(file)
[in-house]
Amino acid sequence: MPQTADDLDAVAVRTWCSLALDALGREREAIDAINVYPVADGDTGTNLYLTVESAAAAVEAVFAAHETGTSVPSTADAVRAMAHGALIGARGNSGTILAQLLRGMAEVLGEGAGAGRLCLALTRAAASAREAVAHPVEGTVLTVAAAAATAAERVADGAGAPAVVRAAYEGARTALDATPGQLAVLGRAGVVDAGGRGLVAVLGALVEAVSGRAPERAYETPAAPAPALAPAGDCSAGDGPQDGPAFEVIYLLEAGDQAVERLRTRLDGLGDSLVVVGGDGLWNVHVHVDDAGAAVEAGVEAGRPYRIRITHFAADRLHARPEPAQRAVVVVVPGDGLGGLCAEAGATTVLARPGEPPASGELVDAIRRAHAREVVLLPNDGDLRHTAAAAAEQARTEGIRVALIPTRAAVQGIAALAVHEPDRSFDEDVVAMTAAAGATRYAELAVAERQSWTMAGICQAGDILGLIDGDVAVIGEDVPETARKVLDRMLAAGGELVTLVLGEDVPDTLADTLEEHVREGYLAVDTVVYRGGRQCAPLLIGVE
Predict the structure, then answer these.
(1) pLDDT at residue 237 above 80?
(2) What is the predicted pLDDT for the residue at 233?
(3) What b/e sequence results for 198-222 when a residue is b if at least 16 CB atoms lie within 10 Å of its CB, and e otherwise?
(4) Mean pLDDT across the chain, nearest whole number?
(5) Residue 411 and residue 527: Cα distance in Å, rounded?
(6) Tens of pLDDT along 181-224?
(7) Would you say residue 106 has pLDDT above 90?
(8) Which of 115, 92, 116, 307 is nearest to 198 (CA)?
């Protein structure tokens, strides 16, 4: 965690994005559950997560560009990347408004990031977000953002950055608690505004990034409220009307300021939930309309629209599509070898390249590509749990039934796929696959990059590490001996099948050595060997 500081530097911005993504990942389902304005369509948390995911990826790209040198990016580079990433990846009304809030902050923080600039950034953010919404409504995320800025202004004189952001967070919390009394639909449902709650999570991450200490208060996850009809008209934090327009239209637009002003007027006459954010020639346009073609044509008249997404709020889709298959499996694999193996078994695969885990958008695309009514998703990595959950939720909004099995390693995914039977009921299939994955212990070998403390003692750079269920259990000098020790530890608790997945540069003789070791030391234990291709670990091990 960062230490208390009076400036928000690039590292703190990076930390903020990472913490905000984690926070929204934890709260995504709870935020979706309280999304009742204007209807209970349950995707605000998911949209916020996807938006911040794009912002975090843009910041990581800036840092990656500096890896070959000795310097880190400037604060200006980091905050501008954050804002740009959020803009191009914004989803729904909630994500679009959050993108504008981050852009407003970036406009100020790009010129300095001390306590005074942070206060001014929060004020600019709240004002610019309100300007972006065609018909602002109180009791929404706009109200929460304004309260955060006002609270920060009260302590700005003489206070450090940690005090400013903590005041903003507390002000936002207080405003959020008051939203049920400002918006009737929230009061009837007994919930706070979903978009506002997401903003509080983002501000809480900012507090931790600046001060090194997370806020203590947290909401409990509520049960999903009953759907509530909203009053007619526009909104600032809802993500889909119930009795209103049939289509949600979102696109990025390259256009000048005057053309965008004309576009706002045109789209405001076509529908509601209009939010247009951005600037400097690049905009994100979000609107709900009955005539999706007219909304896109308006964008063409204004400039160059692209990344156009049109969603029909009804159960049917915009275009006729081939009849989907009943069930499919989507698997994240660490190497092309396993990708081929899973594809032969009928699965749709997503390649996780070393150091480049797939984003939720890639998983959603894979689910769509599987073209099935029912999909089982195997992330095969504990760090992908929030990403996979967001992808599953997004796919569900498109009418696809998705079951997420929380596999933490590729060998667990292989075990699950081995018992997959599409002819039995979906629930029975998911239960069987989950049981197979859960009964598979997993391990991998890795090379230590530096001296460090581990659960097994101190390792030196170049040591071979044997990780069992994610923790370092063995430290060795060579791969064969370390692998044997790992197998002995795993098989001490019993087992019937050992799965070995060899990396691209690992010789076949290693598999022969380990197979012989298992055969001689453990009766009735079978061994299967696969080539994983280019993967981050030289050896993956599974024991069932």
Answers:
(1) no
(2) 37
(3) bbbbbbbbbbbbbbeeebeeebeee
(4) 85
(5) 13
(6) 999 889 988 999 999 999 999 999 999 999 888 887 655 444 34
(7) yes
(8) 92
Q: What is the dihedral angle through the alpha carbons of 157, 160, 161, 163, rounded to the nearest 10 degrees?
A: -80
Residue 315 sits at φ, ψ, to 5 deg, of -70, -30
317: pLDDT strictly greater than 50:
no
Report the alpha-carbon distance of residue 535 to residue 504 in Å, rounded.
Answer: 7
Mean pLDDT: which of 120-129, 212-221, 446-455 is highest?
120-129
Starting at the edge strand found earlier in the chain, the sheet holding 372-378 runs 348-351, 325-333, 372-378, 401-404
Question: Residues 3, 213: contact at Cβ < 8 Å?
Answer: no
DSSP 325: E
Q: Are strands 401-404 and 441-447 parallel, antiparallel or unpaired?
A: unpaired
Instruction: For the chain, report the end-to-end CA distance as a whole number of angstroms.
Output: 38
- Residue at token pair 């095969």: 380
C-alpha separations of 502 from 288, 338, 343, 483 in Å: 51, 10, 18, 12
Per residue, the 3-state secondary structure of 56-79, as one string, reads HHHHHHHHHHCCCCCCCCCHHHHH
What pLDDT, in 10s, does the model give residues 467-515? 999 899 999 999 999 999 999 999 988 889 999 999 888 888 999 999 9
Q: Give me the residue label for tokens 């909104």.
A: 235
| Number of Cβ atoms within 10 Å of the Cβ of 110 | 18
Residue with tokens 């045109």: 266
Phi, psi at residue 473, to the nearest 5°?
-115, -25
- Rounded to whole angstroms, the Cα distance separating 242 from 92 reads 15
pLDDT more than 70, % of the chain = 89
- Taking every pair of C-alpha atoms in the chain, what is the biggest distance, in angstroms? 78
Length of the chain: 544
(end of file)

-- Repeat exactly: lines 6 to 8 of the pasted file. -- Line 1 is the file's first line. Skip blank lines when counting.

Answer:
(3) What b/e sequence results for 198-222 when a residue is b if at least 16 CB atoms lie within 10 Å of its CB, and e otherwise?
(4) Mean pLDDT across the chain, nearest whole number?
(5) Residue 411 and residue 527: Cα distance in Å, rounded?